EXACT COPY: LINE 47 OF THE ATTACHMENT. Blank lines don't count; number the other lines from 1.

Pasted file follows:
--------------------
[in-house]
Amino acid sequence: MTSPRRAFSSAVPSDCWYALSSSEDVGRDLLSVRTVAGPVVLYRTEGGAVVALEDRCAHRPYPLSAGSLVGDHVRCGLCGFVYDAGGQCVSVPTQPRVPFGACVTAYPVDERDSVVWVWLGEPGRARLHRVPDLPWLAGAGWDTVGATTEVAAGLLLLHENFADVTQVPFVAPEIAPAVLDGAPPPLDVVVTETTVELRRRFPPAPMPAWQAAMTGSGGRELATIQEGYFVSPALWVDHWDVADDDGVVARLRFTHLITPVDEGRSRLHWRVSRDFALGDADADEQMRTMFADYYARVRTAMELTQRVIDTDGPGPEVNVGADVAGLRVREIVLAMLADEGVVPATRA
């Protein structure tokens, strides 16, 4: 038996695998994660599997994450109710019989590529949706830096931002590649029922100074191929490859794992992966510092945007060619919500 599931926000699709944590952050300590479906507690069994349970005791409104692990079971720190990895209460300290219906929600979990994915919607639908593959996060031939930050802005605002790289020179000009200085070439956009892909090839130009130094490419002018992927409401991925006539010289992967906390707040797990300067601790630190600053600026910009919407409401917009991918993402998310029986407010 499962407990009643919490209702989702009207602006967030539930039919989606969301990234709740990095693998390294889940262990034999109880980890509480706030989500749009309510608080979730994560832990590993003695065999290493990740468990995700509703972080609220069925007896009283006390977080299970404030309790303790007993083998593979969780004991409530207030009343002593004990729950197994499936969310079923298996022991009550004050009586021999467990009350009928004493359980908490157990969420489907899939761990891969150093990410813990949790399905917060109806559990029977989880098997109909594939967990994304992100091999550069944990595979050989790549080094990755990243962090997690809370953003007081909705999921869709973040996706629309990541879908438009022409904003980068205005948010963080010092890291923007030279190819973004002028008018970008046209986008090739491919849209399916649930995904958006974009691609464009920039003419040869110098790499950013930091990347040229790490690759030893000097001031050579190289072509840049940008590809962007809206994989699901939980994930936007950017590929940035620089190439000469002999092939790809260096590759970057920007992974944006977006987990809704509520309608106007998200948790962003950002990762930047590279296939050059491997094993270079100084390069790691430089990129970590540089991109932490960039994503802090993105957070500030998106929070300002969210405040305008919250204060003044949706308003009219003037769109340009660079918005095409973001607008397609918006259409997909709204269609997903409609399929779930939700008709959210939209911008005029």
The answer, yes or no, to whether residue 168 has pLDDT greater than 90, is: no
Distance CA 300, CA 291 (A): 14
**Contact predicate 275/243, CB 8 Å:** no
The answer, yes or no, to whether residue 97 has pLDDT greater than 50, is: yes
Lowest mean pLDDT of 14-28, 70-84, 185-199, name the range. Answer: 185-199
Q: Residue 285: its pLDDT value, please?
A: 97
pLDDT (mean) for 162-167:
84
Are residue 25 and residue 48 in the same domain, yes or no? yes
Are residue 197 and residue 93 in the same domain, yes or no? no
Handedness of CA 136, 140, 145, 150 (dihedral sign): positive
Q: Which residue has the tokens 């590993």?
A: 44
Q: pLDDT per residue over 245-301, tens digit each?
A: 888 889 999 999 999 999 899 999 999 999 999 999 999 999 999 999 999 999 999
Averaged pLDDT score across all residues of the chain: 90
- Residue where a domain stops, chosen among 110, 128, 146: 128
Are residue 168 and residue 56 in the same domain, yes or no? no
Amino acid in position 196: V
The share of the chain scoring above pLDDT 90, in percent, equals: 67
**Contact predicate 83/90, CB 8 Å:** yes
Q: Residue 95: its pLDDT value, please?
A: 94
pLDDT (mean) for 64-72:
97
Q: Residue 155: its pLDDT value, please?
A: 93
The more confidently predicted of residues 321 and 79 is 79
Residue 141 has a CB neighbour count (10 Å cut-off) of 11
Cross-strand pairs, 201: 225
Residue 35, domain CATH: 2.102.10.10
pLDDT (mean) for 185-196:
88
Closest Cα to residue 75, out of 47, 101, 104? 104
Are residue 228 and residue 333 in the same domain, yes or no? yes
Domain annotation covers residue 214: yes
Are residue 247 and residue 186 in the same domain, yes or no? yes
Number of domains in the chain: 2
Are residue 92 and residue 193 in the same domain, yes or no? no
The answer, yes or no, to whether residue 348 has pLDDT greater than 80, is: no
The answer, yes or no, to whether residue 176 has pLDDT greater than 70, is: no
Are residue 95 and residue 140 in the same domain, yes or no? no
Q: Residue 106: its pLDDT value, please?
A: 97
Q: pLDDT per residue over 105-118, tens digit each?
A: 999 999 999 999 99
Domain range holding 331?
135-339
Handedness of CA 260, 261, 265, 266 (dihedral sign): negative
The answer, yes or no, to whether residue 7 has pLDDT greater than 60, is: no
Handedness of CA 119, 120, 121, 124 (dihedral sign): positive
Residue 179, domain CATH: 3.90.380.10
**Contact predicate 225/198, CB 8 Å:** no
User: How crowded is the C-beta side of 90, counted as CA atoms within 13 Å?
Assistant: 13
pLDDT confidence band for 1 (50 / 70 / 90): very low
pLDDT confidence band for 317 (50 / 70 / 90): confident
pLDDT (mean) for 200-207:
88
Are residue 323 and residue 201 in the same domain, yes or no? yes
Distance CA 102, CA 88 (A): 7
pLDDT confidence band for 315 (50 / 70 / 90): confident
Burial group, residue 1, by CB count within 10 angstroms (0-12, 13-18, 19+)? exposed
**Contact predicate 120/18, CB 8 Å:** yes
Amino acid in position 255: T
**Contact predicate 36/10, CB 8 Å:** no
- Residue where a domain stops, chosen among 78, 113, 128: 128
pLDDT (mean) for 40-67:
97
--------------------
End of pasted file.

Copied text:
Q: Residue 106: its pLDDT value, please?